Possible Causes Insufficient heat input. Workpiece dirty. Remove all grease. Corrective Actions Increase amperage. Keep arc on leading edge of weld puddle. Excessive Spatter Excessive Spatter − scattering of molten metal particles that cool to solid form near weld bead. Increase amperage. Reduce travel speed. Possible Causes Amperage too high for electrode. Joint preparation and design must provide access to bottom of groove. Corrective Actions Decrease amperage or select larger electrode. Incomplete Fusion Incomplete Fusion − failure of weld metal to fuse completely with base metal or a preceeding weld bead. oil. slag. coatings. Lack of Penetration Good Penetration Possible Causes Improper joint preparation. moisture. rust. 155 095 Page 21 . Improper weld technique. Lack Of Penetration Lack Of Penetration − shallow fusion between weld metal and base metal. 4-3. Select larger electrode and increase amperage.4-2. Arc length too long or voltage Reduce arc length or voltage. Keep arc on leading edge of weld puddle. Insufficient heat input. Improper welding technique. paint. 4-4. Adjust work angle or widen groove to access bottom during welding. Momentarily hold arc on groove side walls when using weaving technique. Select larger electrode and increase amperage. and dirt from work surface before welding. Corrective Actions Material too thick. Place stringer bead in proper location(s) at joint during welding. too high.

4-7. Increase travel speed. Use smaller electrode. Practice technique. Adjust travel speed. Base metal moves in the direction of the weld bead. Burn-Through Burn-Through − weld metal melting completely through base metal resulting in holes where no metal remains. 155 095 Page 22 . Possible Causes Excessive heat input. Weld in small segments and allow cooling between welds.4-5. Make tack welds along joint before starting welding operation. Distortion Distortion − contraction of weld metal during welding that forces base metal to move. Corrective Actions Select lower amperage. Possible Causes Unsteady hand. Improper weld technique. Use two hands. Predict anticipated weld distortion and precamber base metal. Use smaller electrode. Waviness Of Bead Waviness Of Bead − weld metal that is not parallel and does not cover joint formed by base metal. Corrective Actions Select lower amperage. 4-6. Possible Causes Excessive heat input. Excessive Penetration Good Penetration Possible Causes Excessive heat input. Corrective Actions Use restraint (clamp) to hold base metal in position. Increase and/or maintain steady travel speed. Corrective Actions 4-8. Select lower amperage for electrode. Excessive Penetration Excessive Penetration − weld metal melting through base metal and hanging underneath weld.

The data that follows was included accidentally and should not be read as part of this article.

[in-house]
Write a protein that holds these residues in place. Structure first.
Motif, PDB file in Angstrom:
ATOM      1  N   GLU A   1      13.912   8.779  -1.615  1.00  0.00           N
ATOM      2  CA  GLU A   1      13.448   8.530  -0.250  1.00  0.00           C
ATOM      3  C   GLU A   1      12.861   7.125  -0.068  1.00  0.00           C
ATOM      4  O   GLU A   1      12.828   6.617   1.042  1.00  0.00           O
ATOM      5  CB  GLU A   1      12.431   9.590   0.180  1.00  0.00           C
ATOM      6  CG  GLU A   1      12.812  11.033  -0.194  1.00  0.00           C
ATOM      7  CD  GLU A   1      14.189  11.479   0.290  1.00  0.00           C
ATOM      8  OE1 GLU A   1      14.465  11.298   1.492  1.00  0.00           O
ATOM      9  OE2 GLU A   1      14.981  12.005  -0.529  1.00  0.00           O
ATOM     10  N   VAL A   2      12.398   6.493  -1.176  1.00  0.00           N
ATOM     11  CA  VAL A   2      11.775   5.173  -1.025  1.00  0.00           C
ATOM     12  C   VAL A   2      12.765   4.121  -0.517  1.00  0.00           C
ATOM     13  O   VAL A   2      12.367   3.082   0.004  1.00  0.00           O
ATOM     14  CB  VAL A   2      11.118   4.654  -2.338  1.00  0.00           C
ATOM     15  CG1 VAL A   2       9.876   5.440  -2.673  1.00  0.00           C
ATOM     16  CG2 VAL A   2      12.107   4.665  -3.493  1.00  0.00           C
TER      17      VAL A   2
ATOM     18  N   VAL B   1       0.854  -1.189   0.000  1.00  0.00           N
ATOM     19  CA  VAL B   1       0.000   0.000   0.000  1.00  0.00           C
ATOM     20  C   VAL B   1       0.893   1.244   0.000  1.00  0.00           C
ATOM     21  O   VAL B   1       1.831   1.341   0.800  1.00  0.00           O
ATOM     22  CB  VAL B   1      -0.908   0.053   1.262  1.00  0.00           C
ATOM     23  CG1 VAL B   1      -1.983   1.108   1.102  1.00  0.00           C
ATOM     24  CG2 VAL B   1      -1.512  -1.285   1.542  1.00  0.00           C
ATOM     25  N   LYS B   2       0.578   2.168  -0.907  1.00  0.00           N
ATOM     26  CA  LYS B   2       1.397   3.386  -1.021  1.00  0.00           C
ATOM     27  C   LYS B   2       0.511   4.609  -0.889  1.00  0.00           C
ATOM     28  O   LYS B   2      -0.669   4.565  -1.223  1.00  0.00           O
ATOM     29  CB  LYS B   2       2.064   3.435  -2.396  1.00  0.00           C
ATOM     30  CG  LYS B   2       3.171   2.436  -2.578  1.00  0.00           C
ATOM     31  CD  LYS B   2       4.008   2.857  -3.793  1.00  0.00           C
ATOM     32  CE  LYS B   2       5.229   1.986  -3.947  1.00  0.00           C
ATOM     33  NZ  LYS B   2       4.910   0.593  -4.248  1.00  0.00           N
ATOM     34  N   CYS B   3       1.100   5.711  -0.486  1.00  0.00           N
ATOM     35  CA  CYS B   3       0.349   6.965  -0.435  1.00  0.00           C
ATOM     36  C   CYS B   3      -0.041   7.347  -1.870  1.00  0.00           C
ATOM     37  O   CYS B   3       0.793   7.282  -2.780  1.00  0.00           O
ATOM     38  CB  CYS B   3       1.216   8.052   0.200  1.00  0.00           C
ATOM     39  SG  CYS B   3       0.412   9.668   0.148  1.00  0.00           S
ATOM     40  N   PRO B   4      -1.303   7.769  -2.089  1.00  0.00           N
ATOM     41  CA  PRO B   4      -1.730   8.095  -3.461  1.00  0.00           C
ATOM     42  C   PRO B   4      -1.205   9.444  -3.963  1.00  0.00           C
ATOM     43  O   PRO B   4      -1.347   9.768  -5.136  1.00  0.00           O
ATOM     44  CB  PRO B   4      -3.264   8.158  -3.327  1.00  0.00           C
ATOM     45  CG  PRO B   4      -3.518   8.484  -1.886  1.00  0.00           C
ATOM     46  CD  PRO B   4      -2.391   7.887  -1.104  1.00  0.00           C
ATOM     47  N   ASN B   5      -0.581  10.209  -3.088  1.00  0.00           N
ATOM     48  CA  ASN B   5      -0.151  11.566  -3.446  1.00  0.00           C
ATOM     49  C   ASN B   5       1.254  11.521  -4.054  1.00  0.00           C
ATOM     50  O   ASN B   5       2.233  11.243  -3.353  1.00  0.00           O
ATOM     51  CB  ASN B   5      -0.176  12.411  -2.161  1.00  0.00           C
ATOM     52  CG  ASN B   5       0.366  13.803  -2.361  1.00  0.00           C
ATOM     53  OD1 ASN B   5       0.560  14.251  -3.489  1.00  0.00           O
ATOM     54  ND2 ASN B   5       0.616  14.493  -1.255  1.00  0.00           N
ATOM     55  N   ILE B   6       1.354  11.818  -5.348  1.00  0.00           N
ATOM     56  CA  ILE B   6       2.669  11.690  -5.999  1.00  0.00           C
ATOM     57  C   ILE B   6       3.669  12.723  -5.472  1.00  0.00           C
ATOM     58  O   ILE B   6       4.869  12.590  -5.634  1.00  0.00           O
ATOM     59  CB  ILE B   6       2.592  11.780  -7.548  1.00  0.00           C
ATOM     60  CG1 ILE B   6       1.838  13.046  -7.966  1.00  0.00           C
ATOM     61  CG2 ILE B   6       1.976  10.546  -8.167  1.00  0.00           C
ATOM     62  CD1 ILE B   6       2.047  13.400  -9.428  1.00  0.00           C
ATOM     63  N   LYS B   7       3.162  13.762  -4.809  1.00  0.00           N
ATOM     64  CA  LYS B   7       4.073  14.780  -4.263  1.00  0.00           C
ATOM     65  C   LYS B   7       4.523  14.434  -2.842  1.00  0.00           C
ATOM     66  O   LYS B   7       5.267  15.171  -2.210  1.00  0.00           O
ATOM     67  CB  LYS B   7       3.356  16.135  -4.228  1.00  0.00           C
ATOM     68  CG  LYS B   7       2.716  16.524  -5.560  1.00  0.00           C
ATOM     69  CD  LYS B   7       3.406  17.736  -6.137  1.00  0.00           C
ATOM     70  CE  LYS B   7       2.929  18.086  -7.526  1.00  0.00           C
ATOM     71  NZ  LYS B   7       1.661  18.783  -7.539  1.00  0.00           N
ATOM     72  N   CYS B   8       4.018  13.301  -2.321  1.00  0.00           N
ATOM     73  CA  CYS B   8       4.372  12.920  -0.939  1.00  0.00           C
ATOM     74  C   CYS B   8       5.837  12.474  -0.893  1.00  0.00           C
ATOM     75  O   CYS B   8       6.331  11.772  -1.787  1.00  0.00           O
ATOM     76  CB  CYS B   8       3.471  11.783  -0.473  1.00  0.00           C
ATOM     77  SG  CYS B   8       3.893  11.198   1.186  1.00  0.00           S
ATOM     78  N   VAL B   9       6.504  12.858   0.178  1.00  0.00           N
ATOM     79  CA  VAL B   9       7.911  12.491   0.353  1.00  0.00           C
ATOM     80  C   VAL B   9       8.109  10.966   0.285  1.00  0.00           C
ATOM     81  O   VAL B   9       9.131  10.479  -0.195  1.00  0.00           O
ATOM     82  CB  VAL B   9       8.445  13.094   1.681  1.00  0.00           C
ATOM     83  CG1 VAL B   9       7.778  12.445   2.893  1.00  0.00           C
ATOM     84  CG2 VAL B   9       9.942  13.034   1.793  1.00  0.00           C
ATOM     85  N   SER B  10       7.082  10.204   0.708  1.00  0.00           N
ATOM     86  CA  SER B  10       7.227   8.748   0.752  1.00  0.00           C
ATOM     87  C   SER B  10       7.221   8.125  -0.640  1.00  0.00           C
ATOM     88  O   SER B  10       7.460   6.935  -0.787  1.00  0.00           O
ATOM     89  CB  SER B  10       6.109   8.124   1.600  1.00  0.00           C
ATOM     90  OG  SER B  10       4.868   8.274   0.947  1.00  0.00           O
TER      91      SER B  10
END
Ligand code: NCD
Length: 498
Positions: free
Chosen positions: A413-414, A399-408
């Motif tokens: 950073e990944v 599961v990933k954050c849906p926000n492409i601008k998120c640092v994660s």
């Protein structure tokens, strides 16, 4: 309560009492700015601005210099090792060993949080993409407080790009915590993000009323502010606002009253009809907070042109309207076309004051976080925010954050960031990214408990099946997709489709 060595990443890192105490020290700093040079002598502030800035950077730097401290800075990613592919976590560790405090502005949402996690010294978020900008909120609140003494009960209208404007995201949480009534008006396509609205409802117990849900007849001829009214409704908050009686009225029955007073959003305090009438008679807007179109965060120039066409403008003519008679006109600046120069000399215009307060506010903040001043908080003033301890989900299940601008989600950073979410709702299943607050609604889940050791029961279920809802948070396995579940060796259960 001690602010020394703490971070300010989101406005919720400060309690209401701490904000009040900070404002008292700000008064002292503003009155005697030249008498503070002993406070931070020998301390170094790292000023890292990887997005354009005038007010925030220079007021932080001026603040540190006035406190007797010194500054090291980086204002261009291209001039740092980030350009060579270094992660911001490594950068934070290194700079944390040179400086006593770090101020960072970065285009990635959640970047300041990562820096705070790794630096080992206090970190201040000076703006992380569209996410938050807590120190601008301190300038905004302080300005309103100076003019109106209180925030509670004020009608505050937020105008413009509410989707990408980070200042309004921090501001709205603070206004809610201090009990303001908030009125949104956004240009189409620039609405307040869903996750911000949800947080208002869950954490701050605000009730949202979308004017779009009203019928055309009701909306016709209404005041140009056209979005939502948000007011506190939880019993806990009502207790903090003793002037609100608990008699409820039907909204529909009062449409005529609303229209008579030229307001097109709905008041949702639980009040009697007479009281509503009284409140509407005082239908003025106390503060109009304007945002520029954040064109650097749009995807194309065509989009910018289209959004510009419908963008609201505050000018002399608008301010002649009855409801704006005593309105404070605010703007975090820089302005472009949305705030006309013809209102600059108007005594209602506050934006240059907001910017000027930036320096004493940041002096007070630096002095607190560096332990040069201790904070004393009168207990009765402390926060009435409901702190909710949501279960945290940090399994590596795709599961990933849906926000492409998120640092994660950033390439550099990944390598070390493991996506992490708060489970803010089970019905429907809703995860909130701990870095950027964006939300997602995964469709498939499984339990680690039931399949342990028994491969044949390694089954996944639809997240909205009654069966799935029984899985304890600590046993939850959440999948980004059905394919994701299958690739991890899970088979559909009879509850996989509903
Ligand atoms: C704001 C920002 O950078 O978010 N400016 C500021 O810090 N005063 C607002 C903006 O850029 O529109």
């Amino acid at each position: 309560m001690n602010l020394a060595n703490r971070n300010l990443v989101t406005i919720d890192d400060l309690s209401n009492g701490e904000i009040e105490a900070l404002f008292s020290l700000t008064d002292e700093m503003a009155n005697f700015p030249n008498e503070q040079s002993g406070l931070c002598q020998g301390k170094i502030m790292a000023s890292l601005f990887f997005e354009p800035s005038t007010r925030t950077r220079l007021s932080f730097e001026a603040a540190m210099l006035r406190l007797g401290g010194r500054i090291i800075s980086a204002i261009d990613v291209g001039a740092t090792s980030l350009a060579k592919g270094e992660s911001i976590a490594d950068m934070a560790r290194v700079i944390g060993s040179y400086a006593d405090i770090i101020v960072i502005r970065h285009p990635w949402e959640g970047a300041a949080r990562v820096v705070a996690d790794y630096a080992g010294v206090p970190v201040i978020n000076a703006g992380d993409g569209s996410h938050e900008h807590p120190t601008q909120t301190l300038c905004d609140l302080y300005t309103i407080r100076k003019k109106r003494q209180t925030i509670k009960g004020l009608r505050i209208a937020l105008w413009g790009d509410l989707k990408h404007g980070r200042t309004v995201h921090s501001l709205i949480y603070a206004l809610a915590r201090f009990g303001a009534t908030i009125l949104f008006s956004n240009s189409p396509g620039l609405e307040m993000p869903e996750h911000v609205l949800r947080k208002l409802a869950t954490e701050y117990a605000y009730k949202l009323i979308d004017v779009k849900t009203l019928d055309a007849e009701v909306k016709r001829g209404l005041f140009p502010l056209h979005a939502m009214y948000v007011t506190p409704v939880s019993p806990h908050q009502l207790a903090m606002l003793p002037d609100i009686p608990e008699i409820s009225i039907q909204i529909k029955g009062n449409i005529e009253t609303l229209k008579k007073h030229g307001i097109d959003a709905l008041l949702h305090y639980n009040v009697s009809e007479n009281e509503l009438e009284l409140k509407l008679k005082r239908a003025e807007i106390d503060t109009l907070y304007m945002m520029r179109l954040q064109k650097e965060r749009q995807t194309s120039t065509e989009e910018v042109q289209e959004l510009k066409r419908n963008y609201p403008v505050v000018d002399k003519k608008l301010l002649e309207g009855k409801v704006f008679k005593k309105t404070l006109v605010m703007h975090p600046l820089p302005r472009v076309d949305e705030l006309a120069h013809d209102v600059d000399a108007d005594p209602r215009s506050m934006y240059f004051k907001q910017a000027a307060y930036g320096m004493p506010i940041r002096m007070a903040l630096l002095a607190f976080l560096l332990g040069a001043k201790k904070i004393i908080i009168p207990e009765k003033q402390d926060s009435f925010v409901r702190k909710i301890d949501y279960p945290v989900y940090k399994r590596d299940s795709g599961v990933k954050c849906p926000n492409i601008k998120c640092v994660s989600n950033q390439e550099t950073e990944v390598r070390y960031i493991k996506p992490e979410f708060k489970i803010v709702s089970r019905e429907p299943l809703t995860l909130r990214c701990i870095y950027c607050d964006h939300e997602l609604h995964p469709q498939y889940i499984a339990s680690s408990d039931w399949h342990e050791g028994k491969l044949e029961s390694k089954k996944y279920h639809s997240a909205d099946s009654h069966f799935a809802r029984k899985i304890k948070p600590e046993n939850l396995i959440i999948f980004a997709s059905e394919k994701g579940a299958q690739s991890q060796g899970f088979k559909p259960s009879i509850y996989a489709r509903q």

031 in.188 in.5 in. (.) 1/2 in.) 20 Gauge (.) 16 Gauge (.) 22 Gauge (.125 in.) .037 in.063 in.) 3/16 in.375 in. (.Notes MATERIAL THICKNESS REFERENCE CHART 24 Gauge (.) 14 Gauge (. (.25 in.313 in.) 3/8 in.) 5/16 in. (.) 1/8 in. (.025 in.078 in. (.) 1/4 in.050 in.) 18 Gauge (.

.Notes Work like a Pro! Pros weld and cut safely. Read the safety rules at the beginning of this manual.

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com or call 1-800-4-A-Miller Miller Electric Mfg. Co. Videos. Always provide Model Name and Serial/Style Number. 2013−01 .com Contact the Delivering Carrier to: File a claim for loss or damage during shipment. For assistance in filing or settling claims. An Illinois Tool Works Company 1635 West Spencer Street Appleton. Contact your Distributor for: Welding Supplies and Consumables Options and Accessories Personal Safety Equipment Service and Repair Replacement Parts Training (Schools.Owner’s Record Please complete and retain with your personal records.millerwelds.) For Service Contact a DISTRIBUTOR or SERVICE AGENCY near you.MillerWelds. contact your distributor and/or equipment manufacturer’s Transportation Department. Co. Books) Technical Manuals (Servicing Information and Parts) Circuit Diagrams Welding Process Handbooks To locate a Distributor or Service Agency visit www. ORIGINAL INSTRUCTIONS − PRINTED IN USA © 2013 Miller Electric Mfg. Model Name Purchase Date Distributor Address City State Zip Serial/Style Number (Date which equipment was delivered to original customer. WI 54914 USA International Headquarters−USA USA Phone: 920-735-4505 Auto-Attended USA & Canada FAX: 920-735-4134 International FAX: 920-735-4125 For International Locations Visit www.